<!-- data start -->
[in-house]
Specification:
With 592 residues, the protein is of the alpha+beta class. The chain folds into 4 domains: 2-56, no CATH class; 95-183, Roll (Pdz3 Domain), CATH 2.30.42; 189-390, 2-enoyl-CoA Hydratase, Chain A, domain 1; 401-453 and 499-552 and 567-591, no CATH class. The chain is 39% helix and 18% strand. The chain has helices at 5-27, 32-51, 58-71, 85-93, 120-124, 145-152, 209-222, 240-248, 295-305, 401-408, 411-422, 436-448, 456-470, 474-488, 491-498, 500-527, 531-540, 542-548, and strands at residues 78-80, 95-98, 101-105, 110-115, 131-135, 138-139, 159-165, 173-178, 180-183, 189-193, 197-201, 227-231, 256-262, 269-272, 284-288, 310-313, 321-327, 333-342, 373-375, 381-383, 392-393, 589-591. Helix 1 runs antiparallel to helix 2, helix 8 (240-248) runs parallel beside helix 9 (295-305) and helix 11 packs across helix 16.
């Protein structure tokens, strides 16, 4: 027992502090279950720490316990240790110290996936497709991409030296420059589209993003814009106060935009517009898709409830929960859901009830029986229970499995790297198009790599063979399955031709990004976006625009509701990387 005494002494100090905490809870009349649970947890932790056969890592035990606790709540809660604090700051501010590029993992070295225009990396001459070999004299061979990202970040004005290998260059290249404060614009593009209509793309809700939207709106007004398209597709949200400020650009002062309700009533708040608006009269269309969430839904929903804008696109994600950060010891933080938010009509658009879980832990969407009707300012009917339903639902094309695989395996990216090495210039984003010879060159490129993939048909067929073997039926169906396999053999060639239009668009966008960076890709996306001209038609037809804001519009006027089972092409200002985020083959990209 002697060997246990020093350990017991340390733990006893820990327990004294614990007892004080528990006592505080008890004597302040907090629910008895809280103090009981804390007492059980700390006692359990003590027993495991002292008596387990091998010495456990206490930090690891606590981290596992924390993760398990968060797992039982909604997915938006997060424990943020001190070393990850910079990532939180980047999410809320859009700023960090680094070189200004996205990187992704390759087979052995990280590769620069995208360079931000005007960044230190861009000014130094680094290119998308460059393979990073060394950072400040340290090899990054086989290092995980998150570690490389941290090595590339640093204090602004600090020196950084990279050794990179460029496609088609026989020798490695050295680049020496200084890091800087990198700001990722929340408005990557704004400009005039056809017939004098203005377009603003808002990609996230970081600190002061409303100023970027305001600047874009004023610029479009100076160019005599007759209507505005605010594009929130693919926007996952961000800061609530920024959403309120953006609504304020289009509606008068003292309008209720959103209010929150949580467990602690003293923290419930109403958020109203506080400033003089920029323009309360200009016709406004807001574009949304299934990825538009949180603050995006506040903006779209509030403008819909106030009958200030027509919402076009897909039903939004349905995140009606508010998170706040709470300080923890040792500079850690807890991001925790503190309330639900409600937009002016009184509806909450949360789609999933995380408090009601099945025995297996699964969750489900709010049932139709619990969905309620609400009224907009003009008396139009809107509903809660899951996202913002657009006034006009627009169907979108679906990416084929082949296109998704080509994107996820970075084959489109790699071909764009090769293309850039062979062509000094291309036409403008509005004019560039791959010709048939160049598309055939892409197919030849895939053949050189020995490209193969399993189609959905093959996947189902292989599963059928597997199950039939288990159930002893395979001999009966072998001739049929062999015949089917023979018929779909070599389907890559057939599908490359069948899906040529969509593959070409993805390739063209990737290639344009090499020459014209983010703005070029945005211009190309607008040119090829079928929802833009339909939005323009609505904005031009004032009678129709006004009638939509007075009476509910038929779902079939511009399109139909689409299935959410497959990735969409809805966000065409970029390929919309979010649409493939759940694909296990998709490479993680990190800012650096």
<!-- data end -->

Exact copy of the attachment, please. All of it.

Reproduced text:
[in-house]
Specification:
With 592 residues, the protein is of the alpha+beta class. The chain folds into 4 domains: 2-56, no CATH class; 95-183, Roll (Pdz3 Domain), CATH 2.30.42; 189-390, 2-enoyl-CoA Hydratase, Chain A, domain 1; 401-453 and 499-552 and 567-591, no CATH class. The chain is 39% helix and 18% strand. The chain has helices at 5-27, 32-51, 58-71, 85-93, 120-124, 145-152, 209-222, 240-248, 295-305, 401-408, 411-422, 436-448, 456-470, 474-488, 491-498, 500-527, 531-540, 542-548, and strands at residues 78-80, 95-98, 101-105, 110-115, 131-135, 138-139, 159-165, 173-178, 180-183, 189-193, 197-201, 227-231, 256-262, 269-272, 284-288, 310-313, 321-327, 333-342, 373-375, 381-383, 392-393, 589-591. Helix 1 runs antiparallel to helix 2, helix 8 (240-248) runs parallel beside helix 9 (295-305) and helix 11 packs across helix 16.
């Protein structure tokens, strides 16, 4: 027992502090279950720490316990240790110290996936497709991409030296420059589209993003814009106060935009517009898709409830929960859901009830029986229970499995790297198009790599063979399955031709990004976006625009509701990387 005494002494100090905490809870009349649970947890932790056969890592035990606790709540809660604090700051501010590029993992070295225009990396001459070999004299061979990202970040004005290998260059290249404060614009593009209509793309809700939207709106007004398209597709949200400020650009002062309700009533708040608006009269269309969430839904929903804008696109994600950060010891933080938010009509658009879980832990969407009707300012009917339903639902094309695989395996990216090495210039984003010879060159490129993939048909067929073997039926169906396999053999060639239009668009966008960076890709996306001209038609037809804001519009006027089972092409200002985020083959990209 002697060997246990020093350990017991340390733990006893820990327990004294614990007892004080528990006592505080008890004597302040907090629910008895809280103090009981804390007492059980700390006692359990003590027993495991002292008596387990091998010495456990206490930090690891606590981290596992924390993760398990968060797992039982909604997915938006997060424990943020001190070393990850910079990532939180980047999410809320859009700023960090680094070189200004996205990187992704390759087979052995990280590769620069995208360079931000005007960044230190861009000014130094680094290119998308460059393979990073060394950072400040340290090899990054086989290092995980998150570690490389941290090595590339640093204090602004600090020196950084990279050794990179460029496609088609026989020798490695050295680049020496200084890091800087990198700001990722929340408005990557704004400009005039056809017939004098203005377009603003808002990609996230970081600190002061409303100023970027305001600047874009004023610029479009100076160019005599007759209507505005605010594009929130693919926007996952961000800061609530920024959403309120953006609504304020289009509606008068003292309008209720959103209010929150949580467990602690003293923290419930109403958020109203506080400033003089920029323009309360200009016709406004807001574009949304299934990825538009949180603050995006506040903006779209509030403008819909106030009958200030027509919402076009897909039903939004349905995140009606508010998170706040709470300080923890040792500079850690807890991001925790503190309330639900409600937009002016009184509806909450949360789609999933995380408090009601099945025995297996699964969750489900709010049932139709619990969905309620609400009224907009003009008396139009809107509903809660899951996202913002657009006034006009627009169907979108679906990416084929082949296109998704080509994107996820970075084959489109790699071909764009090769293309850039062979062509000094291309036409403008509005004019560039791959010709048939160049598309055939892409197919030849895939053949050189020995490209193969399993189609959905093959996947189902292989599963059928597997199950039939288990159930002893395979001999009966072998001739049929062999015949089917023979018929779909070599389907890559057939599908490359069948899906040529969509593959070409993805390739063209990737290639344009090499020459014209983010703005070029945005211009190309607008040119090829079928929802833009339909939005323009609505904005031009004032009678129709006004009638939509007075009476509910038929779902079939511009399109139909689409299935959410497959990735969409809805966000065409970029390929919309979010649409493939759940694909296990998709490479993680990190800012650096």